This is like a black hole out there… Nobody can tell you exactly the answer. But the answer is not simple at all…
Ok, first of all, there’s a pretty big difference between how the size is calculated for GitHub.com and for GitHub Enterprise.
The short answer is that the size shown doesn’t match the repo’s size after clone. The size shown is as close as possible to the .git folder present in your repo.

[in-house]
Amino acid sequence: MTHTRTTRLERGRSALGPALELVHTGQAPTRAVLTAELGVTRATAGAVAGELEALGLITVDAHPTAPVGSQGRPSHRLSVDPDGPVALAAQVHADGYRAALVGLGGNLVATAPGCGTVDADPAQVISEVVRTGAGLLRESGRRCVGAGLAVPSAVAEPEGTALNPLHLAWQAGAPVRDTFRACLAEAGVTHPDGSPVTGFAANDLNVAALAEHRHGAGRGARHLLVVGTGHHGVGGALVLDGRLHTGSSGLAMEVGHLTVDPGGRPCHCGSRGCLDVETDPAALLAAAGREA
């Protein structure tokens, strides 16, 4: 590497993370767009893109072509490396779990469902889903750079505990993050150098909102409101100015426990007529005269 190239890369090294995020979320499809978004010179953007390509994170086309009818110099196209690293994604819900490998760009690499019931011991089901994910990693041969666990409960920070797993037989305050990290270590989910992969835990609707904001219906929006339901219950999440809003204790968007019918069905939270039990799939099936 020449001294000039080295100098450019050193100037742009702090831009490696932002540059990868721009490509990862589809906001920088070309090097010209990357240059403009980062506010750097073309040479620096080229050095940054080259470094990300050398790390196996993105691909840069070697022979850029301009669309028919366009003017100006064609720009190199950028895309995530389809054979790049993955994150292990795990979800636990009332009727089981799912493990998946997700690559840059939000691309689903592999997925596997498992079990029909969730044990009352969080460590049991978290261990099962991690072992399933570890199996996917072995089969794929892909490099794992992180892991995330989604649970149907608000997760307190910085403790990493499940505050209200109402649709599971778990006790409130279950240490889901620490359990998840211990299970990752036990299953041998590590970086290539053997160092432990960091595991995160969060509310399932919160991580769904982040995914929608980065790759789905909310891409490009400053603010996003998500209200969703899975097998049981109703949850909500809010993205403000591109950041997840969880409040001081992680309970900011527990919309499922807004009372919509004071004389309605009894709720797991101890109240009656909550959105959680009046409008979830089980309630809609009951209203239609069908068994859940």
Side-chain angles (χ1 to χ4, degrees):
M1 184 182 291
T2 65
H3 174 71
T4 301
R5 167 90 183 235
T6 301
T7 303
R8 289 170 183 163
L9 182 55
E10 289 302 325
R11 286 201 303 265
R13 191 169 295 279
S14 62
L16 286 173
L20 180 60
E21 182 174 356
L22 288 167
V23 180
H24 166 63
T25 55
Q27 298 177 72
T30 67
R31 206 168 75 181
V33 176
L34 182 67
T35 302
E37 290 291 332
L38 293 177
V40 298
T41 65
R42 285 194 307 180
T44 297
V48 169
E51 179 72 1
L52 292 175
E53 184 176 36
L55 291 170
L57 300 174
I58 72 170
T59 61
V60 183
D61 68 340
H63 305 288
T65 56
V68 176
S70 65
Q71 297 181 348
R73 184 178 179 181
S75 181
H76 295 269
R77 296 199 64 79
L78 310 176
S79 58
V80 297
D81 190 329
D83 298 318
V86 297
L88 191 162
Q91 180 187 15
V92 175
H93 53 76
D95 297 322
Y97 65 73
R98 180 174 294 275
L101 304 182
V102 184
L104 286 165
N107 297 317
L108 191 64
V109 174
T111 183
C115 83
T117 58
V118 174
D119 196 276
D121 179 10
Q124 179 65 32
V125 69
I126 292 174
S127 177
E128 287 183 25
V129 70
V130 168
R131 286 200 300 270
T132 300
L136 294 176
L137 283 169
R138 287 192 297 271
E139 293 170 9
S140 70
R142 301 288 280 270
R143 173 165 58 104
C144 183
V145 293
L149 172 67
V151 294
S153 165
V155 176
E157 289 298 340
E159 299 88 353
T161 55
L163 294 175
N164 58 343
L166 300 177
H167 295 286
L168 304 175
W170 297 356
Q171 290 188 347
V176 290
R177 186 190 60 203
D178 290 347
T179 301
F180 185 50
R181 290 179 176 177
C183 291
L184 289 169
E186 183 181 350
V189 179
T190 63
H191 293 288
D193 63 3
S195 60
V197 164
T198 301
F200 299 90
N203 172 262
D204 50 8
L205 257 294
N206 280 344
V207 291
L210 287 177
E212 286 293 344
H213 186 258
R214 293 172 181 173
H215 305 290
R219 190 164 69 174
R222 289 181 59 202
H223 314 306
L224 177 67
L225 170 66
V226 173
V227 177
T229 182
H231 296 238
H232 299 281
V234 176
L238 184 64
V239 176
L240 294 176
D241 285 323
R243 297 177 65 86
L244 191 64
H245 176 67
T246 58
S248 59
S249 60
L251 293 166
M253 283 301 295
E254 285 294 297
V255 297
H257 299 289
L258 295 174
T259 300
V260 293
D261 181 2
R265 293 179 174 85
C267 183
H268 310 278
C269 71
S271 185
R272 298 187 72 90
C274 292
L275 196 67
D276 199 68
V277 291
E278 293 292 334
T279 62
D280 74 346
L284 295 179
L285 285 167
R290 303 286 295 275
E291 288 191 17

I’ve been using git at work for the past few years and absolutely love it. I also use it for my home projects. In all cases I use Github to hosts the remote copies/versions of my projects. Github is a great service but when you have a free account (as I do for personal projects) your project will be public. However recently when I had some personal projects I didn’t necessarily want/care to make public as they were largely PoC or Hello World type projects but I still wanted to use version control. So I decided to set up my own remote git repository. This turned out to be not as I expected.